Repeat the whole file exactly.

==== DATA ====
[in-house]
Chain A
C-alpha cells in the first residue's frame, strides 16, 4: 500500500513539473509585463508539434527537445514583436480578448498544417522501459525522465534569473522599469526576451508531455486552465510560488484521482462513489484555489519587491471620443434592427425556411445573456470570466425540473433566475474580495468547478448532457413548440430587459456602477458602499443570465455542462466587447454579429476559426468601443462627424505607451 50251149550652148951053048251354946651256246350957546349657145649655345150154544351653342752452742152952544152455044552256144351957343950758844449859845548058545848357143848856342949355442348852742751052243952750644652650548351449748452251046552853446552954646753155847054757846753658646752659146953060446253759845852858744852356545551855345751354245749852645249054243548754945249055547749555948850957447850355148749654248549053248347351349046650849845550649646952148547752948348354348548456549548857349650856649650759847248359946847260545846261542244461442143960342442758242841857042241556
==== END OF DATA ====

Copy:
[in-house]
Chain A
C-alpha cells in the first residue's frame, strides 16, 4: 500500500513539473509585463508539434527537445514583436480578448498544417522501459525522465534569473522599469526576451508531455486552465510560488484521482462513489484555489519587491471620443434592427425556411445573456470570466425540473433566475474580495468547478448532457413548440430587459456602477458602499443570465455542462466587447454579429476559426468601443462627424505607451 50251149550652148951053048251354946651256246350957546349657145649655345150154544351653342752452742152952544152455044552256144351957343950758844449859845548058545848357143848856342949355442348852742751052243952750644652650548351449748452251046552853446552954646753155847054757846753658646752659146953060446253759845852858744852356545551855345751354245749852645249054243548754945249055547749555948850957447850355148749654248549053248347351349046650849845550649646952148547752948348354348548456549548857349650856649650759847248359946847260545846261542244461442143960342442758242841857042241556